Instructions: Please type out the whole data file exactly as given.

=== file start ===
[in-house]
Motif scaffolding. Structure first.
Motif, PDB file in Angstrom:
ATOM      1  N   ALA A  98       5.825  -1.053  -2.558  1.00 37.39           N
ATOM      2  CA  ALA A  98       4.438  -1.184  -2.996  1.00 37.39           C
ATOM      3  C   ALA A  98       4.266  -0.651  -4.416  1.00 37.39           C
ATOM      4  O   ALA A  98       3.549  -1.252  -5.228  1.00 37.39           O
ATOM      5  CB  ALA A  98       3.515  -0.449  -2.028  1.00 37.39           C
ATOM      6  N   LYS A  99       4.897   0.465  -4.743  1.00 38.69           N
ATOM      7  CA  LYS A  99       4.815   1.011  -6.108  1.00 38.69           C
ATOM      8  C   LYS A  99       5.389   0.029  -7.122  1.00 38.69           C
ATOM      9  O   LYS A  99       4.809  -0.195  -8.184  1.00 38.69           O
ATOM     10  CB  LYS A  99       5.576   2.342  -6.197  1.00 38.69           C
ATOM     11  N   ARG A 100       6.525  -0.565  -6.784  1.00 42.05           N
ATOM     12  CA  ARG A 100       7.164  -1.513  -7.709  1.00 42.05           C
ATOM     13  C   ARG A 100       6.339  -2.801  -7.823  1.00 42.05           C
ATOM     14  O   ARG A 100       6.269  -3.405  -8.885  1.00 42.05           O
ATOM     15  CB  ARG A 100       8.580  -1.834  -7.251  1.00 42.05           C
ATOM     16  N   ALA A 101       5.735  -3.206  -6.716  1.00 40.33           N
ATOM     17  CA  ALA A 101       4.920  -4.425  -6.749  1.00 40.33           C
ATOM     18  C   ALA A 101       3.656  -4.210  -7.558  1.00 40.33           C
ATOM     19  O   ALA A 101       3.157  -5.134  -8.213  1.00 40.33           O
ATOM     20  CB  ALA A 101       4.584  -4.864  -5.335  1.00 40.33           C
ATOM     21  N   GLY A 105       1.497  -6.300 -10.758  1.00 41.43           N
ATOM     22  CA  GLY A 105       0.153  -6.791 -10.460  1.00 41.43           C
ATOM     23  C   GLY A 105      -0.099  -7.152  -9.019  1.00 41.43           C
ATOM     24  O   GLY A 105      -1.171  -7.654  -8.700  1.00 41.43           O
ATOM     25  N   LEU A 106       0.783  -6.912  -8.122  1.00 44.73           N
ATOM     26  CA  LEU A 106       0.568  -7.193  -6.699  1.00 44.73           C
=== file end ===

[in-house]
Motif scaffolding. Structure first.
Motif, PDB file in Angstrom:
ATOM      1  N   ALA A  98       5.825  -1.053  -2.558  1.00 37.39           N
ATOM      2  CA  ALA A  98       4.438  -1.184  -2.996  1.00 37.39           C
ATOM      3  C   ALA A  98       4.266  -0.651  -4.416  1.00 37.39           C
ATOM      4  O   ALA A  98       3.549  -1.252  -5.228  1.00 37.39           O
ATOM      5  CB  ALA A  98       3.515  -0.449  -2.028  1.00 37.39           C
ATOM      6  N   LYS A  99       4.897   0.465  -4.743  1.00 38.69           N
ATOM      7  CA  LYS A  99       4.815   1.011  -6.108  1.00 38.69           C
ATOM      8  C   LYS A  99       5.389   0.029  -7.122  1.00 38.69           C
ATOM      9  O   LYS A  99       4.809  -0.195  -8.184  1.00 38.69           O
ATOM     10  CB  LYS A  99       5.576   2.342  -6.197  1.00 38.69           C
ATOM     11  N   ARG A 100       6.525  -0.565  -6.784  1.00 42.05           N
ATOM     12  CA  ARG A 100       7.164  -1.513  -7.709  1.00 42.05           C
ATOM     13  C   ARG A 100       6.339  -2.801  -7.823  1.00 42.05           C
ATOM     14  O   ARG A 100       6.269  -3.405  -8.885  1.00 42.05           O
ATOM     15  CB  ARG A 100       8.580  -1.834  -7.251  1.00 42.05           C
ATOM     16  N   ALA A 101       5.735  -3.206  -6.716  1.00 40.33           N
ATOM     17  CA  ALA A 101       4.920  -4.425  -6.749  1.00 40.33           C
ATOM     18  C   ALA A 101       3.656  -4.210  -7.558  1.00 40.33           C
ATOM     19  O   ALA A 101       3.157  -5.134  -8.213  1.00 40.33           O
ATOM     20  CB  ALA A 101       4.584  -4.864  -5.335  1.00 40.33           C
ATOM     21  N   GLY A 105       1.497  -6.300 -10.758  1.00 41.43           N
ATOM     22  CA  GLY A 105       0.153  -6.791 -10.460  1.00 41.43           C
ATOM     23  C   GLY A 105      -0.099  -7.152  -9.019  1.00 41.43           C
ATOM     24  O   GLY A 105      -1.171  -7.654  -8.700  1.00 41.43           O
ATOM     25  N   LEU A 106       0.783  -6.912  -8.122  1.00 44.73           N
ATOM     26  CA  LEU A 106       0.568  -7.193  -6.699  1.00 44.73           C